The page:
As many natural areas around the world are starting to show the impacts of climate change, places such as Phillip Island (Millowl) provide an important haven for flora and fauna. This National Science Week we are celebrating our scientists and conservationists working hard to ensure flora and fauna continue to flourish despite the effects of climate change and the pressures of an expanding human population, not just on Phillip Island but across the globe. The Island Ark Symposium hosted by Phillip Island Nature Parks will feature keynote speakers from the Nature Parks conservation teams, such as Paula Wasiak, who is working with our team to take on-ground action to future-proof Phillip Island's penguins where they are most vulnerable to the effects of terrestrial heatwaves, on land. Also presenting is Dr Rebecca McIntosh who, with her team, has identified declines in Australian fur seal pup numbers in Bass Straight and are working hard to discover the cause.
Student, Brett Gardener is trying to determine why Australian fur seal pups are decreasing at key colonies. Brett is looking for pathogens that may lead to reproductive failure in seals to hopefully better prevent large scale infection events in colonies already under stress. Meanwhile Ella Loeffler is working to help inform the conservation and management of Eastern Barred Bandicoots by looking at the diet of our newest Island residents. She's shown these endangered marsupials can be quite adaptable to new environments, feasting on crabs in their island home, a food source not available in their natural range.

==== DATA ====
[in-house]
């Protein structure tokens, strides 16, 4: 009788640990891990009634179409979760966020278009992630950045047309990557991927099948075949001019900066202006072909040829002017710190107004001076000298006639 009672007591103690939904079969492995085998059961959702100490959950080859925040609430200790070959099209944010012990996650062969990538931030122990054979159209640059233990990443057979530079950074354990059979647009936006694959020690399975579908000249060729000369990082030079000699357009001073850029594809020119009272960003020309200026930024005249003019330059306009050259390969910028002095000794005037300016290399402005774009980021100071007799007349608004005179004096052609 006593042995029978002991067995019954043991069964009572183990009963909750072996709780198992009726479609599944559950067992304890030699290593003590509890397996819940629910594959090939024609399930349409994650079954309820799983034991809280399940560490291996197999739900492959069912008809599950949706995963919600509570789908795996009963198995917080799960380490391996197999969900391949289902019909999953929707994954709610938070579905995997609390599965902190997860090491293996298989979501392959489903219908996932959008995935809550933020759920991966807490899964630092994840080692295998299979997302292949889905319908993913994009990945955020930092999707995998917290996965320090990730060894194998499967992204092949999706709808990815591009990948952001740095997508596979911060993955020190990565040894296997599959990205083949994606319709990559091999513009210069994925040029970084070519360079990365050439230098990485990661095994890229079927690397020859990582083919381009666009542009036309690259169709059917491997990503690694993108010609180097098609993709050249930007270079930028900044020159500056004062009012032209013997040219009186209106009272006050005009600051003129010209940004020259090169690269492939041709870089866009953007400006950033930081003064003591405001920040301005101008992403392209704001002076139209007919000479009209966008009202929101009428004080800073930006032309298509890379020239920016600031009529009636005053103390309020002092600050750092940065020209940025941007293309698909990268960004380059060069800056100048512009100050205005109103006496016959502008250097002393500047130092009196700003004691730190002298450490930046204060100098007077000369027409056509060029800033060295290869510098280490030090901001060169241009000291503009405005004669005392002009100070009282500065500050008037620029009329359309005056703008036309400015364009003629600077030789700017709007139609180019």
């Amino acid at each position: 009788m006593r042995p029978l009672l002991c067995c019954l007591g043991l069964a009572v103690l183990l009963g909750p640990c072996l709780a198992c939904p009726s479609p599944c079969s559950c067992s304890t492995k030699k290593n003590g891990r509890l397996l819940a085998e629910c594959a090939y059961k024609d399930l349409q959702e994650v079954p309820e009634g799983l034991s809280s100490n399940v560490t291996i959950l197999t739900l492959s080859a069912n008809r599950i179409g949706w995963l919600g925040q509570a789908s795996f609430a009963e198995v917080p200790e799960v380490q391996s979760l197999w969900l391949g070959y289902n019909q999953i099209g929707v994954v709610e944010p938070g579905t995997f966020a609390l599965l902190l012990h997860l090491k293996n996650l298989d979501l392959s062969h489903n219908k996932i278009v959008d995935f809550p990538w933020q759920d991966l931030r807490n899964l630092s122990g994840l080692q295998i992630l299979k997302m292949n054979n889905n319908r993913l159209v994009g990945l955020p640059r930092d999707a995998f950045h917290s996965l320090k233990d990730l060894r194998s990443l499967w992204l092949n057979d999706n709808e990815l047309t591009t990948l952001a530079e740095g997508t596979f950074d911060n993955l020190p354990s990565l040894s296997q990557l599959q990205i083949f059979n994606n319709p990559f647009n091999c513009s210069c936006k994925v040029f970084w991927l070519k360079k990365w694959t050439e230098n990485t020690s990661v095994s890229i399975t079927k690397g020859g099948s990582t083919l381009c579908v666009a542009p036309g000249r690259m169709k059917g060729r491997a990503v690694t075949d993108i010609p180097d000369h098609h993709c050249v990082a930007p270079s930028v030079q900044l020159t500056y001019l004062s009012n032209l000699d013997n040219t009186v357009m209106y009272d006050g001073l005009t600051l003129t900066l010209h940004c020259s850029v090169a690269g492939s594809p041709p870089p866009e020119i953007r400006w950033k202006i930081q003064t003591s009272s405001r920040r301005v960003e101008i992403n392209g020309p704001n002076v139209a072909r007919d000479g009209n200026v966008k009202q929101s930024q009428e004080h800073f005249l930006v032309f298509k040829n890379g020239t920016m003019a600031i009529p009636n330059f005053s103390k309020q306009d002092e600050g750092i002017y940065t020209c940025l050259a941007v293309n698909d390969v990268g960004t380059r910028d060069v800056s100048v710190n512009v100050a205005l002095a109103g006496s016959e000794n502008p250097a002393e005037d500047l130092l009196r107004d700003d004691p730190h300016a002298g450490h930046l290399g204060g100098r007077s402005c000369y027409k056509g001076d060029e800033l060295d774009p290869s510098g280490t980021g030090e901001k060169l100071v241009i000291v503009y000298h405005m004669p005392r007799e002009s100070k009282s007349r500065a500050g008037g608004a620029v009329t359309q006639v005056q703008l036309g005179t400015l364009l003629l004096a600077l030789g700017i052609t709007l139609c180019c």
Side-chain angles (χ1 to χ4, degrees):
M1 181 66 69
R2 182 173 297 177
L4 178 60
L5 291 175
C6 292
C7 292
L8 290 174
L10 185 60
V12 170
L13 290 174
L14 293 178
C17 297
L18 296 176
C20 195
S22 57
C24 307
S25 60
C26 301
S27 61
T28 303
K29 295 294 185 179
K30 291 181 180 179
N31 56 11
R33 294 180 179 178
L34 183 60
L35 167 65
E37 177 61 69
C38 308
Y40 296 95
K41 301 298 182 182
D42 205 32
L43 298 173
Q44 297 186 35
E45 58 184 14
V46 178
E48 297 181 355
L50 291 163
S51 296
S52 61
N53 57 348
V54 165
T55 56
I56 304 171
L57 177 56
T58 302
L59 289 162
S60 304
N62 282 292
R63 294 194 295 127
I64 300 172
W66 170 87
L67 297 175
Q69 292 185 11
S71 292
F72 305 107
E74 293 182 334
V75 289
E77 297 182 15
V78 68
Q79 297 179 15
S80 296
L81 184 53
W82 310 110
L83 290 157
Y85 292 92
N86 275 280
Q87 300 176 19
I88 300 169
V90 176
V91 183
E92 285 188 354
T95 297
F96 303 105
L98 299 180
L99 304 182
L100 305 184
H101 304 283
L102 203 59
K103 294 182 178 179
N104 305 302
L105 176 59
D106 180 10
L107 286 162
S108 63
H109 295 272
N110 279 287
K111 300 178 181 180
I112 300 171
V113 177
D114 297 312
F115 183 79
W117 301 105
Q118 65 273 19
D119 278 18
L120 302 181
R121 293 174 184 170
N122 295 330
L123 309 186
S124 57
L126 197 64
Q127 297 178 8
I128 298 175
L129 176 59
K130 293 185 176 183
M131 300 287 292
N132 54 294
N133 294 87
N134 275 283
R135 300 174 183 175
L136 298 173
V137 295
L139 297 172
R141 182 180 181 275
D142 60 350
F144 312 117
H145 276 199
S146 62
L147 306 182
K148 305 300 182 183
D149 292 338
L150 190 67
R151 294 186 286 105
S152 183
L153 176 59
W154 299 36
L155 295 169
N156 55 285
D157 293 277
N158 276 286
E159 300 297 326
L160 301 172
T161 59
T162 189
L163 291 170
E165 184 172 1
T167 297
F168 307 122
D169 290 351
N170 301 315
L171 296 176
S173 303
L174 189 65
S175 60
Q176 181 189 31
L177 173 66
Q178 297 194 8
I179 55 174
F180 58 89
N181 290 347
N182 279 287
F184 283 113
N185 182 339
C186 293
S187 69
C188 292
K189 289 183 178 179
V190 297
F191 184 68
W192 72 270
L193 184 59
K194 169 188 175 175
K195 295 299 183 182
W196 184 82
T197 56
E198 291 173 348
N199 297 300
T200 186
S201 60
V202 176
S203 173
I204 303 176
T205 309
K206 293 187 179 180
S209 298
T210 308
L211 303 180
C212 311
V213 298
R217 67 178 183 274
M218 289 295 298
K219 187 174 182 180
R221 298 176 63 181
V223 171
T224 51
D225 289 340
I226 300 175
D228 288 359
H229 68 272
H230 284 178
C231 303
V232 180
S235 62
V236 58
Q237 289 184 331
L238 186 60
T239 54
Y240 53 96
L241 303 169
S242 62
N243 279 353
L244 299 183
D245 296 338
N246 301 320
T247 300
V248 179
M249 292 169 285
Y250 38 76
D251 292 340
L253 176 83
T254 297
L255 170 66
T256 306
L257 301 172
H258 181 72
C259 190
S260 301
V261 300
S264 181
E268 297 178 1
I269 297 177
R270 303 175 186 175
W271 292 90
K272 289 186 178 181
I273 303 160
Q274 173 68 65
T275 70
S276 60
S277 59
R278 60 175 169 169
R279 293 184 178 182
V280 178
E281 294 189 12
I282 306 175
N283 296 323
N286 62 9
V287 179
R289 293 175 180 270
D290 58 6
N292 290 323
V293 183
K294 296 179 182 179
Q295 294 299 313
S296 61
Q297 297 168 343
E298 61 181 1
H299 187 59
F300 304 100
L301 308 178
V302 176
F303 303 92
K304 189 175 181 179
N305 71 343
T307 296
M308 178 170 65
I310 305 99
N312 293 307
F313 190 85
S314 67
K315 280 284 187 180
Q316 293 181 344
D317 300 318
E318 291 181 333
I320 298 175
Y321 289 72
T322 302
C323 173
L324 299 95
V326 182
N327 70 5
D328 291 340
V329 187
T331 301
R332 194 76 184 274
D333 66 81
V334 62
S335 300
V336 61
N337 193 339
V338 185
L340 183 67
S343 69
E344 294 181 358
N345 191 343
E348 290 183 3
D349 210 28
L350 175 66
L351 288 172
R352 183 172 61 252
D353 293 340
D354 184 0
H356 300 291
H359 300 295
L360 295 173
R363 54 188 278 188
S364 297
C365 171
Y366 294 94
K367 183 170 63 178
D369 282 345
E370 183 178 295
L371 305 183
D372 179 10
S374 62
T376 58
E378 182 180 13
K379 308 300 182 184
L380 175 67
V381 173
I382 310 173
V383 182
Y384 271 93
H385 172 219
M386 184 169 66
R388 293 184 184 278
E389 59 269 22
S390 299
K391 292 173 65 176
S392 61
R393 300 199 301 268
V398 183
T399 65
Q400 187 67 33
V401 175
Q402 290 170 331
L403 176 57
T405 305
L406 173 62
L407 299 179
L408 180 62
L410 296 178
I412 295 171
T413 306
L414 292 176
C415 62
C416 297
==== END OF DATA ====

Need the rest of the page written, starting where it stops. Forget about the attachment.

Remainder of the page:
We thank the dedicated team of researchers, conservation and endangered species teams and Nature Parks rangers for their tireless dedication and for highlighting the importance of research and science in protecting flora, fauna and endangered animal populations now and into the future.